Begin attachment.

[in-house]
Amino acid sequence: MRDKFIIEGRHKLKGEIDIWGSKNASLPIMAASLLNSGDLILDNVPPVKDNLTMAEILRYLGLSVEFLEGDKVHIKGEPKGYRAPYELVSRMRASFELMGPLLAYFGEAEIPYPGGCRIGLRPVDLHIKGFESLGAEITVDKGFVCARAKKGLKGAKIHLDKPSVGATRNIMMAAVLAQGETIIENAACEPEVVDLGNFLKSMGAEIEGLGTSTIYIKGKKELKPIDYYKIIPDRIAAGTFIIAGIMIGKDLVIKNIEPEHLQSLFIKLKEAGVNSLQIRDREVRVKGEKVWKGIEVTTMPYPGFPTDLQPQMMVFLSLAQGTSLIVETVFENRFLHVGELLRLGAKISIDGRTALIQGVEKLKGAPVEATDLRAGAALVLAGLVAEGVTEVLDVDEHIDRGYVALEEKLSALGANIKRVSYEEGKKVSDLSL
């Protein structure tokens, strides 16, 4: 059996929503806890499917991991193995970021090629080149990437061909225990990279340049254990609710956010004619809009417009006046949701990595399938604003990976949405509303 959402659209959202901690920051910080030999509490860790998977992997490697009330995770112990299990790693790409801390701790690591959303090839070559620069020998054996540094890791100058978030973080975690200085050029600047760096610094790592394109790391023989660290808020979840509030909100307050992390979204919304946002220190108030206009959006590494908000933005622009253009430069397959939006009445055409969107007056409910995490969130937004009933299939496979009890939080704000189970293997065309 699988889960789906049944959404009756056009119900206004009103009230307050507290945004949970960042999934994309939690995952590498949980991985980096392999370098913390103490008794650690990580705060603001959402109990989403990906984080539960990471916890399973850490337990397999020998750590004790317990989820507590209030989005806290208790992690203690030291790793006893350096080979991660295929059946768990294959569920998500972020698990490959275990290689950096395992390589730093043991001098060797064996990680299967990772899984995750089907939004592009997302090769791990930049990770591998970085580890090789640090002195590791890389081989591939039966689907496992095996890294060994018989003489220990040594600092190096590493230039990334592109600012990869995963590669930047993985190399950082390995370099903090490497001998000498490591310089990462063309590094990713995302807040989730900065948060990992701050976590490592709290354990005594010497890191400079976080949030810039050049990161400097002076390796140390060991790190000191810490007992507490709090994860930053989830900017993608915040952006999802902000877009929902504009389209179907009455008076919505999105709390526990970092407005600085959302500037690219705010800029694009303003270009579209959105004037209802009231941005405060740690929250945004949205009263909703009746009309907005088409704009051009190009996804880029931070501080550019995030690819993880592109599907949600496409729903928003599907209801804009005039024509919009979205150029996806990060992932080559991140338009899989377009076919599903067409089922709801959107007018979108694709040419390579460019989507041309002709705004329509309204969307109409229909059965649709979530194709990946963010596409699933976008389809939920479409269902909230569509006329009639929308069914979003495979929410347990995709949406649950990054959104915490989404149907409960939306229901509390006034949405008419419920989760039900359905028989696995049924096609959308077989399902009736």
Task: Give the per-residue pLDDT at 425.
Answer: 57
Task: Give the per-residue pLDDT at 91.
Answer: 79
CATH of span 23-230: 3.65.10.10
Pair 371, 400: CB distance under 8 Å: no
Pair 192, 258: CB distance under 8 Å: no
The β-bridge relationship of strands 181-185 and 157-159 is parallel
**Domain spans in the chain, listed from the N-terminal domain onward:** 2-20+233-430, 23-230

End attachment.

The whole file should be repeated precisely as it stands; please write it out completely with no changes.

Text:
[in-house]
Amino acid sequence: MRDKFIIEGRHKLKGEIDIWGSKNASLPIMAASLLNSGDLILDNVPPVKDNLTMAEILRYLGLSVEFLEGDKVHIKGEPKGYRAPYELVSRMRASFELMGPLLAYFGEAEIPYPGGCRIGLRPVDLHIKGFESLGAEITVDKGFVCARAKKGLKGAKIHLDKPSVGATRNIMMAAVLAQGETIIENAACEPEVVDLGNFLKSMGAEIEGLGTSTIYIKGKKELKPIDYYKIIPDRIAAGTFIIAGIMIGKDLVIKNIEPEHLQSLFIKLKEAGVNSLQIRDREVRVKGEKVWKGIEVTTMPYPGFPTDLQPQMMVFLSLAQGTSLIVETVFENRFLHVGELLRLGAKISIDGRTALIQGVEKLKGAPVEATDLRAGAALVLAGLVAEGVTEVLDVDEHIDRGYVALEEKLSALGANIKRVSYEEGKKVSDLSL
């Protein structure tokens, strides 16, 4: 059996929503806890499917991991193995970021090629080149990437061909225990990279340049254990609710956010004619809009417009006046949701990595399938604003990976949405509303 959402659209959202901690920051910080030999509490860790998977992997490697009330995770112990299990790693790409801390701790690591959303090839070559620069020998054996540094890791100058978030973080975690200085050029600047760096610094790592394109790391023989660290808020979840509030909100307050992390979204919304946002220190108030206009959006590494908000933005622009253009430069397959939006009445055409969107007056409910995490969130937004009933299939496979009890939080704000189970293997065309 699988889960789906049944959404009756056009119900206004009103009230307050507290945004949970960042999934994309939690995952590498949980991985980096392999370098913390103490008794650690990580705060603001959402109990989403990906984080539960990471916890399973850490337990397999020998750590004790317990989820507590209030989005806290208790992690203690030291790793006893350096080979991660295929059946768990294959569920998500972020698990490959275990290689950096395992390589730093043991001098060797064996990680299967990772899984995750089907939004592009997302090769791990930049990770591998970085580890090789640090002195590791890389081989591939039966689907496992095996890294060994018989003489220990040594600092190096590493230039990334592109600012990869995963590669930047993985190399950082390995370099903090490497001998000498490591310089990462063309590094990713995302807040989730900065948060990992701050976590490592709290354990005594010497890191400079976080949030810039050049990161400097002076390796140390060991790190000191810490007992507490709090994860930053989830900017993608915040952006999802902000877009929902504009389209179907009455008076919505999105709390526990970092407005600085959302500037690219705010800029694009303003270009579209959105004037209802009231941005405060740690929250945004949205009263909703009746009309907005088409704009051009190009996804880029931070501080550019995030690819993880592109599907949600496409729903928003599907209801804009005039024509919009979205150029996806990060992932080559991140338009899989377009076919599903067409089922709801959107007018979108694709040419390579460019989507041309002709705004329509309204969307109409229909059965649709979530194709990946963010596409699933976008389809939920479409269902909230569509006329009639929308069914979003495979929410347990995709949406649950990054959104915490989404149907409960939306229901509390006034949405008419419920989760039900359905028989696995049924096609959308077989399902009736």
Task: Give the per-residue pLDDT at 425.
Answer: 57
Task: Give the per-residue pLDDT at 91.
Answer: 79
CATH of span 23-230: 3.65.10.10
Pair 371, 400: CB distance under 8 Å: no
Pair 192, 258: CB distance under 8 Å: no
The β-bridge relationship of strands 181-185 and 157-159 is parallel
**Domain spans in the chain, listed from the N-terminal domain onward:** 2-20+233-430, 23-230